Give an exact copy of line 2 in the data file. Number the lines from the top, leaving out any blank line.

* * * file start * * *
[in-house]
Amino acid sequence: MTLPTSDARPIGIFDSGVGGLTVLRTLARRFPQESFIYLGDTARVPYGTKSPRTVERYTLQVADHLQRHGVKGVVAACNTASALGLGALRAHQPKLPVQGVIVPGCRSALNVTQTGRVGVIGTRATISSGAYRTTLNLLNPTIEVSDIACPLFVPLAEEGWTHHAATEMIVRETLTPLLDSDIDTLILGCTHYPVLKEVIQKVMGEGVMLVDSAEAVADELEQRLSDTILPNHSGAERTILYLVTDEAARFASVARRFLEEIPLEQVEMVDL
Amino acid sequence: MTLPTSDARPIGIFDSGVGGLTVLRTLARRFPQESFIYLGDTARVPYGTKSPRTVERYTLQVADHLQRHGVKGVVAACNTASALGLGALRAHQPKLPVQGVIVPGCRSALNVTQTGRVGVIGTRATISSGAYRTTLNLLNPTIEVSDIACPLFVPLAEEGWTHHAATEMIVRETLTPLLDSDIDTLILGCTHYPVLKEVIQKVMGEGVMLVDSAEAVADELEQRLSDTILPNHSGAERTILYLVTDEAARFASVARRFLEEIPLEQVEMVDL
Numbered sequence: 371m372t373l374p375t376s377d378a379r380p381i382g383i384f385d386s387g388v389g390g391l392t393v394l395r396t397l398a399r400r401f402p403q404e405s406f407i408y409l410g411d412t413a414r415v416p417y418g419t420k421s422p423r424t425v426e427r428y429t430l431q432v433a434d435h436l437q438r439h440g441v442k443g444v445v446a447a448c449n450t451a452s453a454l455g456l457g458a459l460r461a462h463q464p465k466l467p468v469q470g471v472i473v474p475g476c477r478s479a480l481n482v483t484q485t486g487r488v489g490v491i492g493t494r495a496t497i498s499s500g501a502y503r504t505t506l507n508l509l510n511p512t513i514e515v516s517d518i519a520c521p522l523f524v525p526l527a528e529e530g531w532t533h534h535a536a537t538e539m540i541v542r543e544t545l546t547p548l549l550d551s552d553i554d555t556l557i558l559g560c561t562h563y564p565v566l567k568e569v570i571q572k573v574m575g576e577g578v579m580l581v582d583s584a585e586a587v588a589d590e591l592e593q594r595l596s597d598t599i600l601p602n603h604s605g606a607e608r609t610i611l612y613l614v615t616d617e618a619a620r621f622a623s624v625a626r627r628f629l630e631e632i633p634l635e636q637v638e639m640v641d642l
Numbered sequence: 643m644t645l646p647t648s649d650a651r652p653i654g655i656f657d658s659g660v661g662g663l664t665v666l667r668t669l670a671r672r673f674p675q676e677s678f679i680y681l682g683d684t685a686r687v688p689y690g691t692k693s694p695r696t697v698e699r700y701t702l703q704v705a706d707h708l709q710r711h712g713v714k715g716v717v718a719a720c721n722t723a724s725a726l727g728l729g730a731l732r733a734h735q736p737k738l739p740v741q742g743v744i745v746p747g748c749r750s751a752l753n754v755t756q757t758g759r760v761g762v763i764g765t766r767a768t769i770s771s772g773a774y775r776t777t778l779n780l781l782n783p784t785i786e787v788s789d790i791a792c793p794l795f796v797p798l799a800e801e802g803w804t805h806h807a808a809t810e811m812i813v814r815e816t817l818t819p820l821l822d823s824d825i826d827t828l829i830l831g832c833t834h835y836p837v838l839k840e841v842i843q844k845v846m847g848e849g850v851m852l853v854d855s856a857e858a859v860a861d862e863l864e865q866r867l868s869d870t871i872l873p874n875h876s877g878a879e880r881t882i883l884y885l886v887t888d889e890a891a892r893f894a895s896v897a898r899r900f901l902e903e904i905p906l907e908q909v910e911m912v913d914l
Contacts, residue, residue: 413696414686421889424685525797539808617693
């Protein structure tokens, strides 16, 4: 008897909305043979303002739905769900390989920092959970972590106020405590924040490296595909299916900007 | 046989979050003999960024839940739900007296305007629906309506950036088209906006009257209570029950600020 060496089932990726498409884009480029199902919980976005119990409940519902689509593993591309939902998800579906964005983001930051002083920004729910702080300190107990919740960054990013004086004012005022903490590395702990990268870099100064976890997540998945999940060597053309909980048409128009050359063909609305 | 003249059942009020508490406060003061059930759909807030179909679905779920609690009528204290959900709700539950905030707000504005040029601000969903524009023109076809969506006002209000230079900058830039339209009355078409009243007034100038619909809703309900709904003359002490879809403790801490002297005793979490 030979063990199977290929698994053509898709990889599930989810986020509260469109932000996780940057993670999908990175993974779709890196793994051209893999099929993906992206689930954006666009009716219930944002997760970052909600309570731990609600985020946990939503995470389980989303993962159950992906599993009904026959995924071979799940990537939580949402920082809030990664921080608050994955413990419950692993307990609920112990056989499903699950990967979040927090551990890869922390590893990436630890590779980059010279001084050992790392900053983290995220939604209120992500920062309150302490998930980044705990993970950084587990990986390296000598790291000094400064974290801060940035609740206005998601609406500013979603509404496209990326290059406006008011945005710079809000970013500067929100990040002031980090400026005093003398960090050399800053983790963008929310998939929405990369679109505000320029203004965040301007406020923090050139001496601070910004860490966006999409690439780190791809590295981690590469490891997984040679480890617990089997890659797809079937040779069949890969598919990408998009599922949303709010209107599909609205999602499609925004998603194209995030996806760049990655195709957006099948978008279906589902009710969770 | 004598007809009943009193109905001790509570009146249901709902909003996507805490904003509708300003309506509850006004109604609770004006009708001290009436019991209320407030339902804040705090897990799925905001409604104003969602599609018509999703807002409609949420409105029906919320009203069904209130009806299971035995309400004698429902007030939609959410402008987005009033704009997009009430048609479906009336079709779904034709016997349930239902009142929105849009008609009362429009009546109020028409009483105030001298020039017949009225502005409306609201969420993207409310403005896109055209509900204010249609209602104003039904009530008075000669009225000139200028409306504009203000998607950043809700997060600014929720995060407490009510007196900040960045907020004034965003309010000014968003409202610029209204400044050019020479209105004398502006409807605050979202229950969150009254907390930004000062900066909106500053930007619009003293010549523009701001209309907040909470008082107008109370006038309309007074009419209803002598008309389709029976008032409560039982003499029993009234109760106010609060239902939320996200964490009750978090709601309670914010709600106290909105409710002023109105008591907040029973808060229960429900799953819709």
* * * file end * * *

Amino acid sequence: MTLPTSDARPIGIFDSGVGGLTVLRTLARRFPQESFIYLGDTARVPYGTKSPRTVERYTLQVADHLQRHGVKGVVAACNTASALGLGALRAHQPKLPVQGVIVPGCRSALNVTQTGRVGVIGTRATISSGAYRTTLNLLNPTIEVSDIACPLFVPLAEEGWTHHAATEMIVRETLTPLLDSDIDTLILGCTHYPVLKEVIQKVMGEGVMLVDSAEAVADELEQRLSDTILPNHSGAERTILYLVTDEAARFASVARRFLEEIPLEQVEMVDL